En­ergy drink use in teens has ad­verse ef­fects – Study

Sunday Trust - - NEWS | HEALTH - Source:https://www. sci­encedaily.com

AChap­man Uni­ver­sity fac­ulty mem­ber has pub­lished new re­search show­ing why many teenagers con­sume en­ergy drinks, how of­ten, the age they started and what in­flu­ences their choice of brands. Re­sults showed that 40 per­cent of teens aged 13 to19 re­ported an ad­verse ef­fect while in­gest­ing en­ergy drinks.

Al­though sev­eral of these ad­verse ef­fects go away on their own, oth­ers are po­ten­tially se­ri­ous. The most com­mon side ef­fects in­cluded: • In­som­nia • “Jit­tery” • Heart pal­pi­ta­tions • Ab­dom­i­nal pain • Nau­sea, vom­it­ing, or di­ar­rhea • Headache • Chest pain • La­bored breath­ing • Seizures

Re­searchers also learned that 15 per­cent of teens mix al­co­hol in their en­ergy drinks, while a smaller, yet con­cern­ing num­ber used en­ergy drinks with il­le­gal drugs (nine per­cent) such as co­caine and metham­phetamine. Ad­di­tion­ally, the re­searchers were sur­prised to learn that en­ergy drinks are per­ceived as healthy and are used for weight loss by some.

Chap­man Uni­ver­sity’s School of Phar­macy Gavin Her­bert En­dowed Pro­fes­sor of Phar­macy and the lead au­thor on this study, Sean Nordt, MD, PharmD, is an in­ter­na­tional ex­pert in emer­gency medicine and tox­i­col­ogy. While act­ing as a physi­cian, he said many pa­tients ques­tioned him about en­ergy drink use and how much is too much.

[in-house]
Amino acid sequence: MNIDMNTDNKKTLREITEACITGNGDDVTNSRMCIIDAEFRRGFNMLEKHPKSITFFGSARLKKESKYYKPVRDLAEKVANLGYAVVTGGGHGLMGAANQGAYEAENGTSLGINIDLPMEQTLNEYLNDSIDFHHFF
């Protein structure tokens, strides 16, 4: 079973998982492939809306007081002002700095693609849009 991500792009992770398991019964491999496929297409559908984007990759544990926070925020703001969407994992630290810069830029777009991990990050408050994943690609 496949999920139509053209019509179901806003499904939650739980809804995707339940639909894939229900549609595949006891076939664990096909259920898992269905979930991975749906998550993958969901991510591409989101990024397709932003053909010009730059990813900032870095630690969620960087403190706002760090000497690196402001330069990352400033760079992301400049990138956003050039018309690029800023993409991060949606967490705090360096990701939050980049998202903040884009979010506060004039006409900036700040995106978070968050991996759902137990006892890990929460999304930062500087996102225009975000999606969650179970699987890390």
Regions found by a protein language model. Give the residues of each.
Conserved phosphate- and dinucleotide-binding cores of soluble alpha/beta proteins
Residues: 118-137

“I started see­ing a lot of it and learned this had not been stud­ied be­fore; there was no data on us­age,” Nordt said. “I con­ducted one of the first stud­ies eval­u­at­ing ef­fects of en­ergy drink con­sump­tion in adults and re­al­ized there is very lit­tle data on ado­les­cents us­ing en­ergy drinks.”

In 2017, the global en­ergy drinks mar­ket topped $55 bil­lion. With bright pack­ag­ing and provoca­tive names, teens say they drink these bev­er­ages for (in or­der of ap­pear­ance) en­ergy, as a study aide, to im­prove sports per­for­mance, “friends drink them,” it “feels cool,” to lose weight and taste, and while driv­ing.

Nordt said that he and his col­leagues demon­strated that both brand name and pack­ag­ing, as well as friends’ in­flu­ence played a role in teens’ choice of en­ergy drinks. With hun­dreds of these bev­er­ages now on the mar­ket, their choices were in­flu­enced by fla­vor, brand name, ease of ac­cess, brand friends drink, amount of caf­feine, per­ceived as “healthy,” pack­ag­ing, avail­able at home and cost.

Eighty-one per­cent of teens sur­veyed stated they drank the bev­er­age zero to once a week, while nearly 30 per­cent re­ported try­ing en­ergy drinks for the first time by age 12 or younger. There are cur­rently no age lim­i­ta­tions on the sale of en­ergy drinks, al­though sev­eral US cities have con­sid­ered re­strict­ing sales to mi­nors un­der 18.

Newspapers in English

Newspapers from Nigeria

© PressReader. All rights reserved.